Art as Data as Art, Part II

By Os Keyes

After writing up Art as Data as Art, I kept digging into the Tate metadata - there’s a lot of interesting stuff there, and that means a lot of pretty pictures.

Art as averages One subcategory of ‘interesting stuff’ is the base URLs for each piece of artwork. A lot of the pieces have images on the Tate website(s) - high, medium, low and thumbnail resolution pictures of the painting or sculpture itself. The format for the files goes “[artwork-specific base URL]_[size value].jpg” - in other words, once you have the base URLs, you can retrieve the high-resolution images.

Images in electronic formats are ultimately just numbers - a JPEG, for example, is just length by width by 3, with the 3 being cells for the red, blue and green colour values - and numbers are ultimately vulnerable to computation. As a result, it was trivial for me to average out the RGB values of a set of pieces, generating a single, composite image. I divided the dataset by artistic movement and artist and did precisely that: some of the results are quite pretty.

The averaged works of the Sublime philosophy

The averaged works of the Romanticist movement

The averaged works of Wyndham Lewis

In order, those are averaged paintings by/from:

  1. The Sublime movement
  2. The Romanticist era
  3. Wyndham Lewis

Each one is composed of between 2 and 5 works by the artist/from the movement (5 wherever possible). As well as being aesthetically pleasing, these “averaged” works also let us see what areas of the canvass particular artists focus on.

The averaged works of Vincent van Gogh

The above image is an averaged work by Vincent van Gogh, comprised of the 4 of his works that the Tate has in their collection. Based on what elements of the paintings are distinguishable it becomes pretty clear that he tended away from the top left corner of the canvass. Other examples of averaged images can be found in the github repository (as can everything else). Some of them are obviously composites, some of them are obviously terrible, and some of them are incredibly trippy.

Art as subjects

In the previous post I looked at the gender breakdown in the Tate collection. It was mostly really basic stuff - how many female artists are represented? What percentage of artists is that, over time? - but the metadata also includes broken-down descriptions of each piece of artwork, which allows me to ask a really interesting question: what does the gender breakdown look like when you examine not the artist, but the subject?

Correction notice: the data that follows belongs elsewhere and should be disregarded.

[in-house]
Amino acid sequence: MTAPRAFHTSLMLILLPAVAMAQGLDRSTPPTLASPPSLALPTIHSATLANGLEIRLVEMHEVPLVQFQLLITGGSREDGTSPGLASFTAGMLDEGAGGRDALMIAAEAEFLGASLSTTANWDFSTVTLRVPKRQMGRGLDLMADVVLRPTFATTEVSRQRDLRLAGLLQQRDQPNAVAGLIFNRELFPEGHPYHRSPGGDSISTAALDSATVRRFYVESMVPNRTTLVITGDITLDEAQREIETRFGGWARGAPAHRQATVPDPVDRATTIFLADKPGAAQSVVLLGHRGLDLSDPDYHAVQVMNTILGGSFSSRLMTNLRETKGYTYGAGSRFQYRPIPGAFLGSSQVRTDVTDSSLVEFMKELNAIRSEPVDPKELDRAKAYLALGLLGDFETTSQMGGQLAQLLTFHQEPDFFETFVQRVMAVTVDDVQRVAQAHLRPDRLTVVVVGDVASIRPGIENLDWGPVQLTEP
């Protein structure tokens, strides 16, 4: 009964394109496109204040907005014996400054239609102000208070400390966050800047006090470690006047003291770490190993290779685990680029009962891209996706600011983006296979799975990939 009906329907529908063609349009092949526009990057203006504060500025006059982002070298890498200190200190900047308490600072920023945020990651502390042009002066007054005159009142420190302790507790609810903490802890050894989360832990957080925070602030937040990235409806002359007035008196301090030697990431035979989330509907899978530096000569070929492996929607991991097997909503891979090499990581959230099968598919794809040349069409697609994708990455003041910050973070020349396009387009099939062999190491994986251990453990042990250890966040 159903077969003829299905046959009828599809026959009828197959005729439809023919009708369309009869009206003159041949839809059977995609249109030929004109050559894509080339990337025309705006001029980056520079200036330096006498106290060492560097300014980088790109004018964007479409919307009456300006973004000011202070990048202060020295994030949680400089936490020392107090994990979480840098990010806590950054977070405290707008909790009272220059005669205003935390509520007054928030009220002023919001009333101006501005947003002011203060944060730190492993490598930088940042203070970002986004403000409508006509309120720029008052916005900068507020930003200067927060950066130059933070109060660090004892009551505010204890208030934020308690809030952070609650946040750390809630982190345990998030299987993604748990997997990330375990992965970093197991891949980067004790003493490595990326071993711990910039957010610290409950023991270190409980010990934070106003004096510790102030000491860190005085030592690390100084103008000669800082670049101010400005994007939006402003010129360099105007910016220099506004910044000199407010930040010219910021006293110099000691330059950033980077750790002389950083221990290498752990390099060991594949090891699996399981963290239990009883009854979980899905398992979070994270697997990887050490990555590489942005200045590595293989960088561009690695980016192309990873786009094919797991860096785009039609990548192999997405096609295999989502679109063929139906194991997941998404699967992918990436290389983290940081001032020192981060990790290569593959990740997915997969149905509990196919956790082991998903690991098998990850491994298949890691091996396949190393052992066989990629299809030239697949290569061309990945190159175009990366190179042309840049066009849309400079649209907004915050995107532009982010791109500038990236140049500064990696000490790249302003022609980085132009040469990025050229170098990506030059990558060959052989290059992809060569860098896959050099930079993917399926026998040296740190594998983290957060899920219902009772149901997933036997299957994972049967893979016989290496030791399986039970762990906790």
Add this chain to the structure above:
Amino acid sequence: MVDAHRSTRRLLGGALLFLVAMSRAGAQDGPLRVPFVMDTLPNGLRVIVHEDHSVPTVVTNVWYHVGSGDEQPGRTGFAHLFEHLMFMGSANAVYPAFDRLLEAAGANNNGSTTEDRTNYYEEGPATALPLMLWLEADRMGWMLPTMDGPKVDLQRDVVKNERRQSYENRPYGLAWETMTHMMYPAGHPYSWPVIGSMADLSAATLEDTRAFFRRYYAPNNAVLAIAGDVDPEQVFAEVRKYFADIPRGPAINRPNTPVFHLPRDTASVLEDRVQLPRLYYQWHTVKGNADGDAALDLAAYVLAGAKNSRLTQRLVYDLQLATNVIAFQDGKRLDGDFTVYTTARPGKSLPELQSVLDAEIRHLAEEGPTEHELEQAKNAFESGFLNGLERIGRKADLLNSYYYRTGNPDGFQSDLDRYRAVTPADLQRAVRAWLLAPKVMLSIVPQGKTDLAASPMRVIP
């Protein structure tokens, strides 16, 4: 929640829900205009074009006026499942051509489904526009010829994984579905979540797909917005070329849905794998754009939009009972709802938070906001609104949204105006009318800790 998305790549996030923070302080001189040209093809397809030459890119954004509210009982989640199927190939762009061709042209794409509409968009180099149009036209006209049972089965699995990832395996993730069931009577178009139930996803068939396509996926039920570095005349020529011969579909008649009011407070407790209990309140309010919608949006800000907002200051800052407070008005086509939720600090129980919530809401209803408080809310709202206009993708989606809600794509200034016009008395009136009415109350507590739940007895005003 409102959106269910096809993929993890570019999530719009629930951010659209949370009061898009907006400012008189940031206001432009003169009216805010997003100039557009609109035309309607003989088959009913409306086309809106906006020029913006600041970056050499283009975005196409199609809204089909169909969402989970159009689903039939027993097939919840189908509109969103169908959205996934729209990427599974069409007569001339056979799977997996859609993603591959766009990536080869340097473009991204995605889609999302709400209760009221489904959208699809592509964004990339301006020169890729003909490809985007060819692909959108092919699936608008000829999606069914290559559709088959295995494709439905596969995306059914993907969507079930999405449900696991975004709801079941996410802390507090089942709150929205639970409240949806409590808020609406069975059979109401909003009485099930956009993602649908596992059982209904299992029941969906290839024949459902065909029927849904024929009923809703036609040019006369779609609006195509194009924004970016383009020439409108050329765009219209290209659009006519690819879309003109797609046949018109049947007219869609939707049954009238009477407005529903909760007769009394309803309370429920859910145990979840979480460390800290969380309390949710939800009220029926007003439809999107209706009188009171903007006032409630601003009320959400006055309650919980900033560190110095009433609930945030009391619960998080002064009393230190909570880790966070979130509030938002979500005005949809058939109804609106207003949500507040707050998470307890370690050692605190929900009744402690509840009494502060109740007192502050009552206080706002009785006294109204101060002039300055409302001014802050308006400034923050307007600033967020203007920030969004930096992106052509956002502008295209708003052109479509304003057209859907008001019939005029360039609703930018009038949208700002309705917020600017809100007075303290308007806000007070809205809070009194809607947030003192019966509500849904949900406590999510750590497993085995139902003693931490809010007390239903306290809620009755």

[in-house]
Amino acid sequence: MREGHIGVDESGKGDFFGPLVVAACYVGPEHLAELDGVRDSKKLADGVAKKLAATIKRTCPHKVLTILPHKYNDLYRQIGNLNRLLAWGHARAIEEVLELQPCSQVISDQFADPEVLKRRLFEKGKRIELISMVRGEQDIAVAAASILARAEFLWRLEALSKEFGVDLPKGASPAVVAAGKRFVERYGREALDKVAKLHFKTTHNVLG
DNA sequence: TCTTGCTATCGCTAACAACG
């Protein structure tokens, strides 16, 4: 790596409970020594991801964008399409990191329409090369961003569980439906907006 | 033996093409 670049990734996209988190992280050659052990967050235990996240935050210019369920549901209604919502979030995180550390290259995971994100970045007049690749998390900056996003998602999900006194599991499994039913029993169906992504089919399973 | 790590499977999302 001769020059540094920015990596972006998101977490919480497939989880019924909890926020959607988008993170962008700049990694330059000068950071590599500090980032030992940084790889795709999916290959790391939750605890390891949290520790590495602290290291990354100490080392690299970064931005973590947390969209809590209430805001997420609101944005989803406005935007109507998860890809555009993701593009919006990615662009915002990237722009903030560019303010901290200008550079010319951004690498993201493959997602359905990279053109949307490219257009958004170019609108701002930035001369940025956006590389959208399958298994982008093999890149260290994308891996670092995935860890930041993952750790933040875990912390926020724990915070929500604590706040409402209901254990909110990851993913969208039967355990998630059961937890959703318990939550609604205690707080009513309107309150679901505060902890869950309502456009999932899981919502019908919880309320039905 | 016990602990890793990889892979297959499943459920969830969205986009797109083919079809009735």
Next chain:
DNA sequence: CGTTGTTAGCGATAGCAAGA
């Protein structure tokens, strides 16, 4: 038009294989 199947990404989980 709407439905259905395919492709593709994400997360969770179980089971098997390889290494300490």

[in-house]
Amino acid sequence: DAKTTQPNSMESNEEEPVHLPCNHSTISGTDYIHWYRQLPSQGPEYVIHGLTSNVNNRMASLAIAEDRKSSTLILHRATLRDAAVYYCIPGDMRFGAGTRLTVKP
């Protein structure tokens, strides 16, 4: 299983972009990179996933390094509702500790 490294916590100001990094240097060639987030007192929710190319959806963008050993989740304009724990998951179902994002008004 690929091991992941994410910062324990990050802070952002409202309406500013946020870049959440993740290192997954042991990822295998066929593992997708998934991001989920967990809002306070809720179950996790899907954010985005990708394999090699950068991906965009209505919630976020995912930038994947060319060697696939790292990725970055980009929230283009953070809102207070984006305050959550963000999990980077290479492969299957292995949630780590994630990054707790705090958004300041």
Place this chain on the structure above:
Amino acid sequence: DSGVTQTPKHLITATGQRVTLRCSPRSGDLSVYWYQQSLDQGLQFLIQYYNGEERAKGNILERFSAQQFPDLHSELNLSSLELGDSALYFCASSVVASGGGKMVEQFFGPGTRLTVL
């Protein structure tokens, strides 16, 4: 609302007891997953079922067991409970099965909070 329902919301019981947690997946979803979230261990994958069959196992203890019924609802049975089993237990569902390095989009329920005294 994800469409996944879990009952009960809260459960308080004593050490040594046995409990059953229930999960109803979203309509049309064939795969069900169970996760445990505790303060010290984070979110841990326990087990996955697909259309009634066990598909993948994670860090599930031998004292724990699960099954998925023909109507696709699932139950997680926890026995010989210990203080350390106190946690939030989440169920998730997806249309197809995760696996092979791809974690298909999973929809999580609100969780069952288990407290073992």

Using a series of regular expressions (hunting for things like “man”, “woman”, “wife”, “son”, so on and so forth), I broke down the art by decade and artist gender, and looked at whether it represented men, women or both.

Representation of men and women in Tate collection artwork

When we look at all art, regardless of the gender of the artist, there’s a pretty big disconnect between men and women, namely that women are far less likely to be the subject of a piece of artwork than men. Weirdly, the percentage of works involving female subjects is still higher than the percentage of works by female artists, which means that despite the disconnect women are more likely to be painted than painting.

Representation of men and women in art by male artists

Representation of men and women in art by female artists

There are a lot of odd null-points in the graphic for art by female artists (ggplot2 does not like zero values), but the picture is pretty clear: with both male and female artists, women are usually less likely to be represented in art than men. With female artists, though, it tends to zig-zag up and down (either there’s more variety in the artwork or it’s just a far smaller sample size), while there’s a fairly constant gender buffer for male artists.

What’s also interesting is using the data to understand the place that humans have in artwork. For most of the 19th and 20th centuries, for example, we saw a consistent decrease in art with humans as the subject - presumably, artists were more interested in environmental or abstract works. Despite the stereotypes associated with modern art, representation of people actually got a substantial boost from the 1970s onwards.

This is probably the last work I’ll do in this dataset for a while - unless, of course, people have interesting suggestions :). As always, they can be directed to

Text licensed under the Creative Commons Attribution Share-Alike (CC-BY-SA) 3.0 license. Images dual-licensed under CC-BY-SA 3.0 and the MIT license. Code licensed under the MIT license